Long-term mental effects of Prozac on primates

JAMIE CHEN / AGGIE

Chronic fluoxetine doses affect social interactions, attention abilities

An experiment at the National California Primate Research Center revealed genetics can play a role in how young primates respond to chronic doses of Prozac (fluoxetine). Eight papers have so far been published about the many results found in this project, which was funded by a five-year grant from the National Institutes of Health.

One-year-old rhesus macaque monkeys were given fluoxetine for two years, followed by a year of no doses. Cognitive and behavioral tests were performed periodically to measure metrics such as attention, impulsivity, social interactions and sleep.

“We discovered that monkeys treated with fluoxetine had increased social behavior with their buddy, increased impulsivity in a reward delay task, impaired sustained attention in CANTAB computer cognition tasks, and had more disturbed sleep than those not treated with fluoxetine,” said Alicia Bulleri, a staff research associate at the California National Primate Research Center.

Serotonin affects mood, cognitive function and social behavior. Fluoxetine functions as a selective serotonin reuptake inhibitor (SSRI), keeping serotonin active longer between cells. Monoamine oxidase A (MAOA) is one of the proteins that helps break down serotonin, keeping mood and social behavior in a stable chemical cycle. The most exciting experimental result involved differences in MAOA genes, which code for monoamine oxidase A enzymes.

“I think the most surprising discovery was the gene interactions,” said Dr. Mari Golub, a professor emeritus in the Department of Environmental Toxicology at UC Davis.  “We had two different genes we were looking at — the serotonin transporter and the MAOA gene. The serotonin transporter is where fluoxetine acts, so we anticipated all sorts of interactions with the serotonin transporter polymorphism. But we found basically nothing. Instead, we found interactions with the MAOA gene, which is involved in serotonin metabolism, but not directly affected by the drug.”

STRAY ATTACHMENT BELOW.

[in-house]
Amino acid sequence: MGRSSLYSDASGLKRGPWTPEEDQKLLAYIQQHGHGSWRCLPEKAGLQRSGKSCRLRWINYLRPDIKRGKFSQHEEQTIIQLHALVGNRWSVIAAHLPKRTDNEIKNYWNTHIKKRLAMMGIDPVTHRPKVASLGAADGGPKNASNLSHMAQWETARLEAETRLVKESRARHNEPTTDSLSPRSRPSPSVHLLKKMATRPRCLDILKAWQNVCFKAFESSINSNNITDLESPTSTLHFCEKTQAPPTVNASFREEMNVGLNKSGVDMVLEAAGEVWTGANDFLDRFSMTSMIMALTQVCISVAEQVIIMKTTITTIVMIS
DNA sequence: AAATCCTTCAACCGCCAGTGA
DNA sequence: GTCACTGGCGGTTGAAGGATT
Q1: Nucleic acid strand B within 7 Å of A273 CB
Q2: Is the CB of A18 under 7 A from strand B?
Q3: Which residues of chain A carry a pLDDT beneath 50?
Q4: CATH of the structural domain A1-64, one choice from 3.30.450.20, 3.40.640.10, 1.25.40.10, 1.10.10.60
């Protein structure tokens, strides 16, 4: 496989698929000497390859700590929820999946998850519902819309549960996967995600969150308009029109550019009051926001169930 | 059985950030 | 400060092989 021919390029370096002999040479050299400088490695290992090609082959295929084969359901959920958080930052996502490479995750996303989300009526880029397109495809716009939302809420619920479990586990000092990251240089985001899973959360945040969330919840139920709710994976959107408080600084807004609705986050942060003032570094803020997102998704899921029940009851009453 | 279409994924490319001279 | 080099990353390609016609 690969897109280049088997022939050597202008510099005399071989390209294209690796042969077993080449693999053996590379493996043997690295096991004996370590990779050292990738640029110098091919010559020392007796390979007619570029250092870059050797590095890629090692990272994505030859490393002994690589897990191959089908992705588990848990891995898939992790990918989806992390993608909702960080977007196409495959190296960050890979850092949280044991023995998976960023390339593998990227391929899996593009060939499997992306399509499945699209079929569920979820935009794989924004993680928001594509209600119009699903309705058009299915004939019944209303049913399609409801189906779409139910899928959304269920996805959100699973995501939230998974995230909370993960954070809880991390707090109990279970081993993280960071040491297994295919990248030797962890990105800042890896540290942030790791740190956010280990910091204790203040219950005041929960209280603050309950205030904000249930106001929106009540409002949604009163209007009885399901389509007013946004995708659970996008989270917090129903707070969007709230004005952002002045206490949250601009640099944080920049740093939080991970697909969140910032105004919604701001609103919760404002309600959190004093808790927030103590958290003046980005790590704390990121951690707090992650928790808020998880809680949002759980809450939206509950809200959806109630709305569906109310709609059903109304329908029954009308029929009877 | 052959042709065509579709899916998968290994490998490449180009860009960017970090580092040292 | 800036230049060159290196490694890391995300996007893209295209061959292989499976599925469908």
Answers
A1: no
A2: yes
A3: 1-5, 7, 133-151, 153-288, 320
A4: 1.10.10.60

Fluoxetine is currently prescribed for a host of mood and psychological disorders, including anxiety, depression, autism, attention deficit hyperactivity disorder and obsessive-compulsive disorder. If different versions of the MAOA gene can influence how drugs like fluoxetine affect developing brains, better treatment plans can be developed by researchers and medical professionals.

“An important finding of this study was that some effects of fluoxetine administration interacted with genetics,” said Casey Hogrefe, a staff research associate at the California National Primate Research Center. “Variations in certain genes influenced the effect of fluoxetine on several outcome measures such as long bone growth, peer social interaction, sleep, and cognitive performance. Individual differences need to be taken into account when assessing the efficacy of fluoxetine administration in people, specifically in children.”

Based on the improved sociability of the monkeys in the experiment, fluoxetine may be able to significantly benefit anxious or depressed children. But if the decreased attention spans translates to human children, perhaps fluoxetine is not the best prescription to treat ADHD.

“If a healthy child is misdiagnosed, and they are treated with fluoxetine for an extended period of time, it could have detrimental effects on their attention,” said Edward Hackett, who served as a graduate student in pharmacology and toxicology during this experiment. “This can be extremely impactful in such a pivotal point in a child’s adolescence.”

The new discovery of genetic interactions with fluoxetine will help researchers better understand the serotonin systems in the brain and how MAOA gene expressions can affect responses to medications like fluoxetine.

“Sometimes, when people respond to drugs and it helps them or doesn’t help them, we may be able to predict that based on their genotype,” Golub said. “That’s a big advantage.”

 

Written by: George Ugartemendia — science@theaggie.org